CIfA works with a range of partners, including Historic England and FAME to ensure that accurate labour market intelligence is available for the sector. Initiatives include Profiling the Profession, designed to gather information about everybody working in archaeology and the historic environment and repeated at 5 yearly intervals and the Archaeological Market Surveys, which provide a snapshot of the market for archaeological services on an annual basis.
This series of Archaeological market surveys collects data on the market for archaeological services on an annual basis. The surveys are undertaken by Landward Research Ltd on behalf of the Chartered Institute for Archaeologists, FAME and Historic England and provide invaluable information on the nature of the archaeological market and its contribution to the UK economy.
2020 coming soon.
Profiling the profession
- Profiling the profession 2012/2013 final report Author: Landward Research Ltd.
The economic transformation since 2007-08 significantly affected employment in archaeology, resulting in the sector being considerably smaller in 2012-13 than it was in 2007-08. With an overall response rate of 224 from a population of 511 potential respondents contacted, at a confidence level of 95% this level of response is accurate to +/- 4.9%.
- Archaeology Labour Market Intelligence: Profiling the Profession 2007/08 (PDF file) Authors: Kenneth Aitchison (CIfA) and Rachel Edwards (Arboretum Archaeological Consultancy) Published by the Institute of field archaeologists
Over 2000 employers and individual archaeologists were asked to submit data for their organisation as it related on 13 August 2007.
The Chartered Institute for Archaeologists was funded to undertake this project by the European Commission’s Leonardo da Vinci II fund, English Heritage, Historic Scotland, Cadw: Welsh Historic Monuments and the Environment and Heritage Service (DoE Northern Ireland).
Profiling the profession 2007–08 is part of a wider project, Discovering the Archaeologists of Europe, which is collecting data on archaeological employment in ten European countries, with funding from the Leonardo da Vinci II fund. The European project will contrast employment in the different countries and examine the opportunities for and obstacles to individual archaeologists’ employment in countries other than their own.
- Archaeology labour market intelligence: profiling the profession 2002/03 (PDF file) Authors: Kenneth Aitchison (CIfA) & Rachel Edwards (Arboretum Archaeological Consultancy). Published by the Cultural Heritage National Training Organisation.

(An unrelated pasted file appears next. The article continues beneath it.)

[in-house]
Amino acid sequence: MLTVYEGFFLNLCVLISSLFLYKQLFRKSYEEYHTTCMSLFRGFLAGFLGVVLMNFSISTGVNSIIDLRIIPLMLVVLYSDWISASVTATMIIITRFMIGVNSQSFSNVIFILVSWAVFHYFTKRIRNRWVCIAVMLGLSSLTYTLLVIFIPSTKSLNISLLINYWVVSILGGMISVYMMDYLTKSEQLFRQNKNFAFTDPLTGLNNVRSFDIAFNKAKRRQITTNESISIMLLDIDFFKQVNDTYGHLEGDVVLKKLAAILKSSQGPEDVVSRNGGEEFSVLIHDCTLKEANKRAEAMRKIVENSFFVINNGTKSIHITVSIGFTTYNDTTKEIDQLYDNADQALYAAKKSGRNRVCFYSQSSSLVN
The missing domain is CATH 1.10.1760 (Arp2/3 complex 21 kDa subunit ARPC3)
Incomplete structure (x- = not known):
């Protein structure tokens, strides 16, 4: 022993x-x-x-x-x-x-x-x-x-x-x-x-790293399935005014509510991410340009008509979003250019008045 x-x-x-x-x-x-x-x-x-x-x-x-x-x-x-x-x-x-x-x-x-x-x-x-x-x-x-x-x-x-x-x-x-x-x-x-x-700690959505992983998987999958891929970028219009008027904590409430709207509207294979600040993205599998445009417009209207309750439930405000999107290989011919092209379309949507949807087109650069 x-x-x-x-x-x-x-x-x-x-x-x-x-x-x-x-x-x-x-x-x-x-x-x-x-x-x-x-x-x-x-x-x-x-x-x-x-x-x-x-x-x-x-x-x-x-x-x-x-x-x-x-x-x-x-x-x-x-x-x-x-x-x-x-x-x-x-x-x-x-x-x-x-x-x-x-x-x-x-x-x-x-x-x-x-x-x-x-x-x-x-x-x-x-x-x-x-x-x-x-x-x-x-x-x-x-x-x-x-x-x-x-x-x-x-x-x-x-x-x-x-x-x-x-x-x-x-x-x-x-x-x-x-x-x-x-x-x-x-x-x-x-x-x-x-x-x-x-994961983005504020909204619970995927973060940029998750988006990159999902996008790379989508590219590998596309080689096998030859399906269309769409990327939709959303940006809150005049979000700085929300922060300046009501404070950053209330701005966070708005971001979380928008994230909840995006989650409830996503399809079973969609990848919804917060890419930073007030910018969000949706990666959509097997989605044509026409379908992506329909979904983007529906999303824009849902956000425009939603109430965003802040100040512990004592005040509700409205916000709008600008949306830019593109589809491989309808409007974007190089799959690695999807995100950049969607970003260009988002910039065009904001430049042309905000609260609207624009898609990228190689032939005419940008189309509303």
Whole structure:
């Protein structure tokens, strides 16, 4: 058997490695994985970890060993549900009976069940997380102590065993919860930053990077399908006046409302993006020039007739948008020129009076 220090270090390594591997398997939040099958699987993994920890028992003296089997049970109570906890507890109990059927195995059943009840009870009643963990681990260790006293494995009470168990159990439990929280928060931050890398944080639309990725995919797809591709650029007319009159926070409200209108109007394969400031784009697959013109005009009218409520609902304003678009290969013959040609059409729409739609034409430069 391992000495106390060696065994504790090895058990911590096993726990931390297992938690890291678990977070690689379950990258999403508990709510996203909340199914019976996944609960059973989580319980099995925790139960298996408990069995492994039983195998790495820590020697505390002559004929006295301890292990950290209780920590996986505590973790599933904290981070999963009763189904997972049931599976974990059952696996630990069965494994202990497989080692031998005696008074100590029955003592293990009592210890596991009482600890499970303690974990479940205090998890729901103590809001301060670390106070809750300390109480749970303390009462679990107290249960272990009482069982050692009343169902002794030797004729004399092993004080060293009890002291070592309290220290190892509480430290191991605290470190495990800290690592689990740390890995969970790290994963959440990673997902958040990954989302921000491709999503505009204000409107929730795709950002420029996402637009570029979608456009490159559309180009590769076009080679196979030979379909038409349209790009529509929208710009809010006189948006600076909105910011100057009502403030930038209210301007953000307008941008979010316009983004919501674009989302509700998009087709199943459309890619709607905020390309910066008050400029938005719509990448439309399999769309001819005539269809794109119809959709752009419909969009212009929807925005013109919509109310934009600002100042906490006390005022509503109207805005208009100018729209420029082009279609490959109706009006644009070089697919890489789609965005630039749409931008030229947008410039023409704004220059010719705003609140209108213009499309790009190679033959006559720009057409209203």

This was a survey and assessment of employment within professional archaeology in the UK. It aimed to identify, collect, quantify and disseminate labour market information on the archaeology sector. For employers, it provided comprehensive, up-to-date information to aid business planning and improve organisational performance and competitiveness. For individual archaeologists it also provided information that identifies their own position within the profession, and can inform their own personal career decision-making, such as information on training needs, skills shortages and skills gaps, details of the nature and extent of the archaeology sector, including accurate employment figures, information on occupations including potential recruitment and career progression difficulties, labour market trends and issues including training investment and supply and other financial, business and staffing issues.
This report addressed the whole of the archaeology profession and included volunteers (unpaid staff) along with those in paid employment.
- Profiling the profession: a survey of archaeological jobs in the UK 1999 (PDF file) Author: Kenneth Aitchison (Landward Archaeology). Published by the Council for British Archaeology, English Heritage and the Institute of Field Archaeologists.
The first profiling the profession was the first comprehensive survey ever conducted into archaeological employment in the UK. It was undertaken with seven objectives:
- to identify the numbers of professional archaeologists working in Britain
- to analyse whether the profession is growing, static or shrinking
- to identify the range of jobs
- to identify the numbers employed in each job type
- to identify the range of salaries, and terms and conditions, applying to each job type
- to identify differences in employment patterns between different geographical areas
- to help those seeking to enter the profession